According to information provided by Japanese intelligence, the US aircraft carriers were sailing in waters near Midway, an atoll in the Hawaiian Islands archipelago.

Towards Midway, the Japanese fleet, made up of 4 aircraft carriers, 9 battleships, 8 destroyers, 4 cruisers, and 433 combat aircraft then set out.

The Americans had 3 aircraft carriers (the Hornet, the Yorktown and the Enterprise), 8 cruisers, 15 destroyers and 360 combat aircraft.

Development of the Battle of Midway

At dawn on June 4, 1942, Japanese Admiral Chuichi Nagumo launched a wave of 108 aircraft against Midway. At the same time, he launched reconnaissance aircraft to detect the position of the enemy fleet.

The Zero, Japanese fighters, managed to shoot down 17 American planes that came out to face them. From that moment on, the Japanese bombed and machine-gunned the atoll, destroying gasoline tanks, seaplane hangars, surveillance turrets, vehicles and antiaircraft artillery.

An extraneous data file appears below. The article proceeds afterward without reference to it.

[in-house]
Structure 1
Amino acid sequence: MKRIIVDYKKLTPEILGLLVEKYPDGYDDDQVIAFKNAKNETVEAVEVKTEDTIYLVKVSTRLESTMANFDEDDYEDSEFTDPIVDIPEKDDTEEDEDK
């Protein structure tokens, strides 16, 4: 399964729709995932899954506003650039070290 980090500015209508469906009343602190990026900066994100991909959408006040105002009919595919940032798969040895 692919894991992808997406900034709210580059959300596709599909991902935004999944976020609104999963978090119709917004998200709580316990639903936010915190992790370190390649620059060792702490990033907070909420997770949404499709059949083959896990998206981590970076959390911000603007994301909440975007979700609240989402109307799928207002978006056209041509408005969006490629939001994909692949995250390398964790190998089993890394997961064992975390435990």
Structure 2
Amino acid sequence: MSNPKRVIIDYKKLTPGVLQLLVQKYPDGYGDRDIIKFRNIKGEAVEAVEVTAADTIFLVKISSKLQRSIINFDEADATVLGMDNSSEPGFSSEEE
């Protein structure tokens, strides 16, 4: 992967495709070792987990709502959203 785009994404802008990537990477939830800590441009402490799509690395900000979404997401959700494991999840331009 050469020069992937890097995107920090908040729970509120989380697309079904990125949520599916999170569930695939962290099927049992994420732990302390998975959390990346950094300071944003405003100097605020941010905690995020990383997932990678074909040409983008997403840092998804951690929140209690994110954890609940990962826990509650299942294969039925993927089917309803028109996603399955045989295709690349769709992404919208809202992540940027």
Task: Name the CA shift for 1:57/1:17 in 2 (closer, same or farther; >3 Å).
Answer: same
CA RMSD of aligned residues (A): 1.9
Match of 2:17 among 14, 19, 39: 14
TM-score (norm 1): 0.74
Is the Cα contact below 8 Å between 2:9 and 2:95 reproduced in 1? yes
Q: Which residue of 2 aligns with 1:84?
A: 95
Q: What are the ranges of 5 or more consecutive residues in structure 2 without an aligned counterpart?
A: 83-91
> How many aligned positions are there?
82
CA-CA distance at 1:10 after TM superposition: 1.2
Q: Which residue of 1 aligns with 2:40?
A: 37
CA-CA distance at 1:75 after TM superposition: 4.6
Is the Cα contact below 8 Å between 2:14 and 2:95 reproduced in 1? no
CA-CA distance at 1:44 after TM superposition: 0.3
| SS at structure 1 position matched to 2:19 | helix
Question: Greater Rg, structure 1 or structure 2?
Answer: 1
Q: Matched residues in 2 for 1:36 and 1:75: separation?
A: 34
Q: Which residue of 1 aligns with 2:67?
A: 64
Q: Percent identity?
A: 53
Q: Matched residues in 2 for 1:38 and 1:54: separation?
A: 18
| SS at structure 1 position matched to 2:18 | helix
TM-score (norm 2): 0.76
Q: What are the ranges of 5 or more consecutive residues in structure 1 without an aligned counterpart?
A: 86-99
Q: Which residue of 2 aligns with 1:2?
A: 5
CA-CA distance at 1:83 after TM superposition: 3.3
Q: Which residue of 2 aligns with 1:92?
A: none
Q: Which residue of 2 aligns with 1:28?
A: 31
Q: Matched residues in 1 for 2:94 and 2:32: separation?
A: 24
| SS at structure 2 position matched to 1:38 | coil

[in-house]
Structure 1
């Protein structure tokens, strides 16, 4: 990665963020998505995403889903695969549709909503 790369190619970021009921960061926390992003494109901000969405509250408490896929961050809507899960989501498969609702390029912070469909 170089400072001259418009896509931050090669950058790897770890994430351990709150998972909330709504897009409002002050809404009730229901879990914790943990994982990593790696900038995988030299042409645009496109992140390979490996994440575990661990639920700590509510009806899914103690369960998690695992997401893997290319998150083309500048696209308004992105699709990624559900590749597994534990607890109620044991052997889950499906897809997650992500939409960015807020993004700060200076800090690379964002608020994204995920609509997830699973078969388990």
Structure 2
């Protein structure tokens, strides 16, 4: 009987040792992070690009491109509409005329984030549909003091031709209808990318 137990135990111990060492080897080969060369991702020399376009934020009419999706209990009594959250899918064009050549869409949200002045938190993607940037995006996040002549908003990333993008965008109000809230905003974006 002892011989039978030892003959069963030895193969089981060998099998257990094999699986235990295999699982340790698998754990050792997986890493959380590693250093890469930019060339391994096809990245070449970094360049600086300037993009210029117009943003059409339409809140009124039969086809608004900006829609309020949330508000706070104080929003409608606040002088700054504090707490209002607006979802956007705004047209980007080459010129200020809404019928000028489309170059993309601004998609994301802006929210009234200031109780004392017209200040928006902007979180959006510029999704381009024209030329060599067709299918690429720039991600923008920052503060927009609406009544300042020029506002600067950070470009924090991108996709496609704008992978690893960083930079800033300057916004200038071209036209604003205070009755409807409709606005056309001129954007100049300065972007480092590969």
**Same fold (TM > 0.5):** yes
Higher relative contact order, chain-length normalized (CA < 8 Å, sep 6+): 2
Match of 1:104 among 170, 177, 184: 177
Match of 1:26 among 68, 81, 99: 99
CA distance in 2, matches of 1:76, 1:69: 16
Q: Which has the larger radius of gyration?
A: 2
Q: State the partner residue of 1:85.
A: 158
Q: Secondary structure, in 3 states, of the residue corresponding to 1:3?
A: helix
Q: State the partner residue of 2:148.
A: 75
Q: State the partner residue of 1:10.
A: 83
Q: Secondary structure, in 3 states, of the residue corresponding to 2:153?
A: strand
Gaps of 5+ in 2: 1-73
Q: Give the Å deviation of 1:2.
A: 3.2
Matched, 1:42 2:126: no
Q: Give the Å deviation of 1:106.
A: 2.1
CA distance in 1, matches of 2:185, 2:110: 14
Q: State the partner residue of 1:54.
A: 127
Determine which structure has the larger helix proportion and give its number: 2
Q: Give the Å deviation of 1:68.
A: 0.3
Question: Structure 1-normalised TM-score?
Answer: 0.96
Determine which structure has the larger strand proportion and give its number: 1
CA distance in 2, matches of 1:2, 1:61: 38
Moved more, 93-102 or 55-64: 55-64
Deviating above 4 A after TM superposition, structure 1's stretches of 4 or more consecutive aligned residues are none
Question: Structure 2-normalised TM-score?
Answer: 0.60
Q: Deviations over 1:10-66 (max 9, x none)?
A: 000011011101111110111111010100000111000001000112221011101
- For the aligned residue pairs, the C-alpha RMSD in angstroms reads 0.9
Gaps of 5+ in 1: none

The Japanese officer in charge of the attack informed Nagumo that a second raid was necessary to complete the destruction of the base.

Nagumo then ordered the planes he had left in reserve to go down to the hangars to replace the torpedoes with those armed by ground bombs. But while the rearmament of the planes was being carried out, a Japanese reconnaissance hydroplane reported that it had sighted an enemy fleet of ten ships, including two or three aircraft carriers.

In a panic, Nagumo ordered all planes to be brought back up on deck and the bombs exchanged for torpedoes. But at that precise moment, a squad of 30 American aircraft detected the Japanese aircraft carriers and dropped their bombs on the decks of the enemy ships. The explosion of the Japanese torpedo-armed aircraft produced devastating deflagrations that also blew up the fuel tanks, causing the three aircraft carriers hit to sink.

The Hiryu, the only Japanese aircraft carrier that was intact, launched its planes against Yorktown, causing serious damage. Shortly after, the Hiryu was attacked in turn by aircraft from the Enterprise and was seriously damaged, to sink the next day.

Upon being informed of the loss of the 4 aircraft carriers, Admiral Yamamoto gave the order to retreat . On June 6, during that withdrawal, US planes bombed the cruiser Mikuma, which sank with 650 sailors on board.